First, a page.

A plaque remaining from the Big Apple Night Club at West 135th Street and Seventh Avenue in Harlem.

Above, a 1934 plaque from the Big Apple Night Club at West 135th Street and Seventh Avenue in Harlem. Discarded as trash in 2006.

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Entry from February 01, 2008
Tlacoyo

Tlacoyos are antojitos (appetizers or snacks) that are popular in Mexico, but have been cited in restaurants in the United States since only the 1990s. “Tlacoyo” is from the Nahuatl words tlatlaoyo and claclaoyo. Tlacoyos are oval-shaped (similar to a football) blue corn tortillas that are stuffed with beans, cheese, or other ingredients. Tlacoyos stuffed with yellow corn masa are called tlacoyos de dos masas.


Wikipedia: Tlacoyo
Tlacoyos are oval shaped fried or toasted cakes made of masa. They are similar to fresh corn tortillas, but are somewhat torpedo shaped and fatter. tlacoyos are stuffed with refried beans, dry cheese, fava beans, chicharron or other ingredients. Tlacoyos are an excellent accompaniment to soups and stews. Most traditional tlacoyos do not have lard or salt in the masa, and if not eaten immediately after they are cooked, they become very tough and dry, even if reheated. This dish is similar to the Salvadoran pupusa.

The name tlacoyo is a variation of the Nahuatl word tlatlaoyo, a name given to an antojito typical of central Mexico. A larger version of the tlacoyo is the huarache. They are good with sour cream, lettuce and hot salsa. 

Glossary - Mexican food recipes, cooking terms
Tlacoyos This is one of the oldest antojitos of all. Tlacoyos are made by patting tortilla dough around a filling, often of squash blossoms, huitlacoche or mushrooms, until fully enclosed into an elongated shape, which is then cooked on a comal

Your Mexican Kitchen:
A compilation of Mexican Recipes Practicable in the United States
by Natalie V. Scott
New York, NY: G. P. Putnam’s Sons
1935
Pg. 11:
TLACOYOS
1 lb. of masa (see MASA)
3/4 cup of fried frijoles (see MEXICAN BEANS)
3/4 cup of grated fresh cheese
12 leaves of American wormseed
3/4 cup of green chile sauce (see GREEN CHILE SAUCE)

Make the dough into tortillas (see TORTILLAS) about 1/3 inch thick. In the center of each put 1 tbsp. of the beans, and spread them across the center of the tortilla. Over this put 1 tbsp. of cheese, then a tbsp. of the chili sauce, then a leaf of American wormseed, Fold the tortilla over tart fashion, and cook it on a thick dry iron skillet, or bake it in the oven.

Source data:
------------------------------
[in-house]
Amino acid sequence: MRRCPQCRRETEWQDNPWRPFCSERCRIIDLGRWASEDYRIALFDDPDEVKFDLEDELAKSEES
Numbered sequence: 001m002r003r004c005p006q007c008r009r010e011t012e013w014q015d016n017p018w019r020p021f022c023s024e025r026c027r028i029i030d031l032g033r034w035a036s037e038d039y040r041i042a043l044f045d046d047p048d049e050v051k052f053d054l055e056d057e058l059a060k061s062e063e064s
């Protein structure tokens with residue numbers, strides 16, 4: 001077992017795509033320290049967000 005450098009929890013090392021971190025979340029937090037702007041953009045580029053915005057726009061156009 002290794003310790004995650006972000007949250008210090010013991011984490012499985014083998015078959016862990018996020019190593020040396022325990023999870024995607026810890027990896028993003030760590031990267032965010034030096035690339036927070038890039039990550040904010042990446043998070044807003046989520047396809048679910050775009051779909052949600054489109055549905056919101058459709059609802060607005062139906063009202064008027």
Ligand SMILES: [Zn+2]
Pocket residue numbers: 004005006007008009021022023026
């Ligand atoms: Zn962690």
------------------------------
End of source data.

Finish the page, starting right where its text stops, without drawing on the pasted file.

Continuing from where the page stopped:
Google Books
The Otomi of the Northern Sierra de Puebla, Mexico
by James Dow
East Lansing, MI: Latin American Studies Center, Michigan State University
1975
Pg. 20:
... and corn tarts (tlacoyos) to cook on the comal.

29 December 1994, Chicago (IL) Sun-Times, “Top Chefs Confess New Year’s Fantasies,” pg. 8: 
The cooks fry big sheets of chicarrones (pork rinds) in view of all the diners, and serve tlacoyos (masa cakes stuffed with fava beans and served with a ... 

Google Books
A Cook’s Tour of Mexico:
Authentic Recipes from the Country’s Best Open-Air Markets, City Fondas, and Home Kitchens
by Nancy Zaslavsky
New York, NY: St. Martin’s Press
1995
Pg. 129:
Tlacoyos. Outside entrances to the fondas building on the plaza, women sell tlacoyos, handmade, oval, blue corn tortillas folded over lengthwise and filled with such gourmet temptations as huitlachoche and squash blossoms. Another variation is what market women call ava )pronounced aba), but that is also known as tlacoyos de dos masas—yellow corn masa within a thick blue masa oval—cookied on an ungreased clay comal, then topped with tomatillo salsa.
Pg. 131:
Potato tacos with or without chorizo are fabulous street food temptations as are the same excellent blue corn tlacoyos stuffed or smeared with pink-, garbanzo-, or lima-bean paste, sold by Indian women at Toluca’s market.
Pg. 146:
Other women sell tlacoyos, and unlike the blue corn version found in Toluca, these are yellow.
Pg. 172:
Mamelas are never filled, as are Mexico City’s tlacoyos, which are also made from blue corn exclusively, except when stuffed with yellow corn masa and called tlacoyos de dos masas (with two masas). [You’ll see tlacoyos all over Mexico’s central states, but great examples are found on the winding stairways at Taxco’s open-air market, the evening vendor’s at San Miguel de Allende’s Mercado El Nigromante, and those on the plaza at Toluca’s Friday market (and called by different names). Big cities’ ovals are often changed to faster-to-pat-out circles when there’s a crowd.]
(...)
Tlacoyos are never filled with black beans; the standard is refried pink beans or garbanzos.

11 October 1995, Chicago (IL) Sun-Times, pg. 4:
Chef Dudley Nieto will present a menu of quesadillas stuffed with huitlacoche (the “truffle” of corn); tlacoyos (corn dough turnovers) in zucchini flowers ... 

Google Groups: alt.mexico
Newsgroups: alt.mexico
From: (Felix Pizarro R.)
Date: 1996/06/04
Subject: Typically Mexican

Of course, nearly every country has great veriety of food, but in Mexico the list of local dishes is endless. We have several types of moles; all kinds of hot sauces to put on top of the food; Mexican
appetazers, such as tostadas, enchiladas, sopes, quesadillas, and tlacoyos.
(...)
Tlacoyos are plump tortillas with refried beans inside. Onion rings and a sauce go on on top of these

Google Books
Mexico Handbook